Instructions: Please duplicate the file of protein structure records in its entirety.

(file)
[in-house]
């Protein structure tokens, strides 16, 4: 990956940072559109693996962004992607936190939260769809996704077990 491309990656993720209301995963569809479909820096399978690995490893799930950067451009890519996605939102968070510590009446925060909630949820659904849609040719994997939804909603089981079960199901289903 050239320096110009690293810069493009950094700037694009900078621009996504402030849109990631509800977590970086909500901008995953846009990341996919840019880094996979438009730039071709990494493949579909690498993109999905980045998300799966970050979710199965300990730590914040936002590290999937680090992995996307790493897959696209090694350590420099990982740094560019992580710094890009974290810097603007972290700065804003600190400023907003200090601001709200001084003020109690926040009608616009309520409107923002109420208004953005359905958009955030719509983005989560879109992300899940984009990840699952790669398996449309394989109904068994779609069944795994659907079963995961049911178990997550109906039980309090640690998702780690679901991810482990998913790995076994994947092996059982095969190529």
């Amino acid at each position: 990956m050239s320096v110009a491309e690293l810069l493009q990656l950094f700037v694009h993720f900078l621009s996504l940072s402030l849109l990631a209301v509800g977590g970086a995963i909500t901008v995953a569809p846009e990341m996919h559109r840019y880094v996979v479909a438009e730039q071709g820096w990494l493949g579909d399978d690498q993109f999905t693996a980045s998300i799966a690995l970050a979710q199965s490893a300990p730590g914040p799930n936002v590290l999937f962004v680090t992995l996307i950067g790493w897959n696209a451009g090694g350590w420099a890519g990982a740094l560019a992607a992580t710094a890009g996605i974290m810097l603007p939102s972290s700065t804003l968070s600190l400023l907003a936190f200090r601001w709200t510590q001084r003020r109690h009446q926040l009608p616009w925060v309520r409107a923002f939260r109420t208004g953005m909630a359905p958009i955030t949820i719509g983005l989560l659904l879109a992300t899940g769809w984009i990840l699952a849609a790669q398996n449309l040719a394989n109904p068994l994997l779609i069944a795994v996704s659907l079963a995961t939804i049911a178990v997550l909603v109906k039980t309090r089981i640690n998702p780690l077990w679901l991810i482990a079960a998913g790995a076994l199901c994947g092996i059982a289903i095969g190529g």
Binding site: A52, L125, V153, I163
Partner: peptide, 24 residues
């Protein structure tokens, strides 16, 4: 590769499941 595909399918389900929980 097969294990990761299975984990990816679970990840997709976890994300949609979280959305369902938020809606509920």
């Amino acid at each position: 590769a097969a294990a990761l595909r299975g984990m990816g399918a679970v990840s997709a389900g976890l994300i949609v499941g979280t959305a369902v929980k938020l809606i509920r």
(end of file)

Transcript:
[in-house]
């Protein structure tokens, strides 16, 4: 990956940072559109693996962004992607936190939260769809996704077990 491309990656993720209301995963569809479909820096399978690995490893799930950067451009890519996605939102968070510590009446925060909630949820659904849609040719994997939804909603089981079960199901289903 050239320096110009690293810069493009950094700037694009900078621009996504402030849109990631509800977590970086909500901008995953846009990341996919840019880094996979438009730039071709990494493949579909690498993109999905980045998300799966970050979710199965300990730590914040936002590290999937680090992995996307790493897959696209090694350590420099990982740094560019992580710094890009974290810097603007972290700065804003600190400023907003200090601001709200001084003020109690926040009608616009309520409107923002109420208004953005359905958009955030719509983005989560879109992300899940984009990840699952790669398996449309394989109904068994779609069944795994659907079963995961049911178990997550109906039980309090640690998702780690679901991810482990998913790995076994994947092996059982095969190529």
């Amino acid at each position: 990956m050239s320096v110009a491309e690293l810069l493009q990656l950094f700037v694009h993720f900078l621009s996504l940072s402030l849109l990631a209301v509800g977590g970086a995963i909500t901008v995953a569809p846009e990341m996919h559109r840019y880094v996979v479909a438009e730039q071709g820096w990494l493949g579909d399978d690498q993109f999905t693996a980045s998300i799966a690995l970050a979710q199965s490893a300990p730590g914040p799930n936002v590290l999937f962004v680090t992995l996307i950067g790493w897959n696209a451009g090694g350590w420099a890519g990982a740094l560019a992607a992580t710094a890009g996605i974290m810097l603007p939102s972290s700065t804003l968070s600190l400023l907003a936190f200090r601001w709200t510590q001084r003020r109690h009446q926040l009608p616009w925060v309520r409107a923002f939260r109420t208004g953005m909630a359905p958009i955030t949820i719509g983005l989560l659904l879109a992300t899940g769809w984009i990840l699952a849609a790669q398996n449309l040719a394989n109904p068994l994997l779609i069944a795994v996704s659907l079963a995961t939804i049911a178990v997550l909603v109906k039980t309090r089981i640690n998702p780690l077990w679901l991810i482990a079960a998913g790995a076994l199901c994947g092996i059982a289903i095969g190529g």
Binding site: A52, L125, V153, I163
Partner: peptide, 24 residues
């Protein structure tokens, strides 16, 4: 590769499941 595909399918389900929980 097969294990990761299975984990990816679970990840997709976890994300949609979280959305369902938020809606509920």
């Amino acid at each position: 590769a097969a294990a990761l595909r299975g984990m990816g399918a679970v990840s997709a389900g976890l994300i949609v499941g979280t959305a369902v929980k938020l809606i509920r």